In the case of fixed tooth replacement methods the implant replicates the role of the tooth root. Implants provide a balance in the distribution of chewing force so that jaw bone loss can be stopped.
You need to be aware of this fact as severe jaw bone loss develops very easily.
We can lose up to 25% of the jaw bone during the first year following tooth loss
The density and shape of the jaw can be maintained in their original forms if the compressive and tensile forces remain unchanged. According to some research, one can lose up to 25% of the bone after losing teeth if the bone is not subjected to adequate pressure. This means that deformaties may become apparent on the face within a year.
We would suggest that you have your missing teeth replaced as soon as you can. However, it is important to note that the method of tooth replacement you choose is of crucial importance.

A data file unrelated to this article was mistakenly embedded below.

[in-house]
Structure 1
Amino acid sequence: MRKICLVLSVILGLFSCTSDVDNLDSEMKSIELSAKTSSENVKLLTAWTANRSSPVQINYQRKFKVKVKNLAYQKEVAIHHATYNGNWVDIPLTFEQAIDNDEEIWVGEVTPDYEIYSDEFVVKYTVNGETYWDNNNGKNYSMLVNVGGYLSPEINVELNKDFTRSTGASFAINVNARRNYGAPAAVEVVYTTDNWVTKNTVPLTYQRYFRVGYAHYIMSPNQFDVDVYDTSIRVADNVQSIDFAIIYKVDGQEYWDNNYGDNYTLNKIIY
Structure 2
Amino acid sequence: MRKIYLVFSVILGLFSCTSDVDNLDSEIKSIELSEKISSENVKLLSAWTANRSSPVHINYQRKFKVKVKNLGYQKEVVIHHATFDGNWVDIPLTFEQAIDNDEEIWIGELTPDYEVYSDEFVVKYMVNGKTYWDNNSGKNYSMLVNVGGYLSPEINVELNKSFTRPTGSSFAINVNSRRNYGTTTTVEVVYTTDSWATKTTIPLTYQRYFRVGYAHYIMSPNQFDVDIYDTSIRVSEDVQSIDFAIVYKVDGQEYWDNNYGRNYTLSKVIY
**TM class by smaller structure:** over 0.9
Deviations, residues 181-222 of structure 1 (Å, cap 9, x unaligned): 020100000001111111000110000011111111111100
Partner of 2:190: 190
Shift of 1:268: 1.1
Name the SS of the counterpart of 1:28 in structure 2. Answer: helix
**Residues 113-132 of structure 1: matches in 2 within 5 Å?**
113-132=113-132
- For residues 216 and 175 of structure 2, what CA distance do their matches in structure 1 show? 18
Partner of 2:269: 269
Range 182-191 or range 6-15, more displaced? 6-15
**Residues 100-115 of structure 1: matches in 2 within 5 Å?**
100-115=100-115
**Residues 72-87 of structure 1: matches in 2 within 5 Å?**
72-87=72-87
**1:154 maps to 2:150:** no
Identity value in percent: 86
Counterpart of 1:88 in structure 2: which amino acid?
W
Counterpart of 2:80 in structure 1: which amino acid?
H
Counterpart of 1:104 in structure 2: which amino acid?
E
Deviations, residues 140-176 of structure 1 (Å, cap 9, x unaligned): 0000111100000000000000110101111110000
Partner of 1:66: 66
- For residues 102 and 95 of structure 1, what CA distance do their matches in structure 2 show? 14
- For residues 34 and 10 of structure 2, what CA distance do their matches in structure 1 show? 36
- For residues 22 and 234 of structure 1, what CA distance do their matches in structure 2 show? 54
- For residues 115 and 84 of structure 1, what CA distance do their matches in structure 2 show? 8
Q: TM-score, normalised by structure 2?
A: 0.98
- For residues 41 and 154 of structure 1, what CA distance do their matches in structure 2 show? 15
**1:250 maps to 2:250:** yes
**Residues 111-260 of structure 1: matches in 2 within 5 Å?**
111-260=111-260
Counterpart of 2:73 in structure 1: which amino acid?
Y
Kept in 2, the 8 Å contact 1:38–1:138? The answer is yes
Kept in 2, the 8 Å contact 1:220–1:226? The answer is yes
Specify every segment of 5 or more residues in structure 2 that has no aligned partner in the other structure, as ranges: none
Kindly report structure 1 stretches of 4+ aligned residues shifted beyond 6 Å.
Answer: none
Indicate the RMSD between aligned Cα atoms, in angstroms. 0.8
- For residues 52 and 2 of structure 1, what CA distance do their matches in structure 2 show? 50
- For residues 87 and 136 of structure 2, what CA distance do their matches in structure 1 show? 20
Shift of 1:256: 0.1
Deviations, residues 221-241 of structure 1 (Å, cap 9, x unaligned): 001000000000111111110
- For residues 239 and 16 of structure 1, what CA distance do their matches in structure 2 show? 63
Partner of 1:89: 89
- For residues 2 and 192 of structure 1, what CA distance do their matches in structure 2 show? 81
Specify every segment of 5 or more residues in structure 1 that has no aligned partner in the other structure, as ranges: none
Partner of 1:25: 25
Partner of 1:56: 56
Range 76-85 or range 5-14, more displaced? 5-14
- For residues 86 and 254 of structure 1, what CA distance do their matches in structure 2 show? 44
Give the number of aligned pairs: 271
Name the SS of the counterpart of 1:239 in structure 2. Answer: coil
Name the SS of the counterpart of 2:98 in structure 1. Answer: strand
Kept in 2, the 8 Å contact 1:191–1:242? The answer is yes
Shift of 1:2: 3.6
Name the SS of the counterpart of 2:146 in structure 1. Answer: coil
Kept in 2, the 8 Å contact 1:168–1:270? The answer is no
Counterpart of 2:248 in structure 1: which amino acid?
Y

What does the success of implants depend on?
- Good medical health. You should not be suffering from periodontal gum disease.
- Bone thickness and density. The thickness and the density of the bone is very important as they determine whether or not there is a need for a bone graft or sinus lift. If these are needed the required amount of bone is removed from the patient’s hip bone.
- The position of the remaining teeth.
- The size, thickness and number of the implants.
- The location and direction of the implants. The specialist determines the location, direction and number of the implants needed in the form of a treatment plan.
- Whether there is any need for a sinus lift. A sinus lift is needed if there is insufficient bone on the upper jaw around the sinus area.
- The expertise of the dentist. Our specialists insert hundreds of implants per year.
You do not have to give up on receiving implants yet
What if we said you could still receive implants? What if we said we could help you as we have already helped hundreds of patients that others could not. There is technology available which makes it possible to help people who have been refused implants before.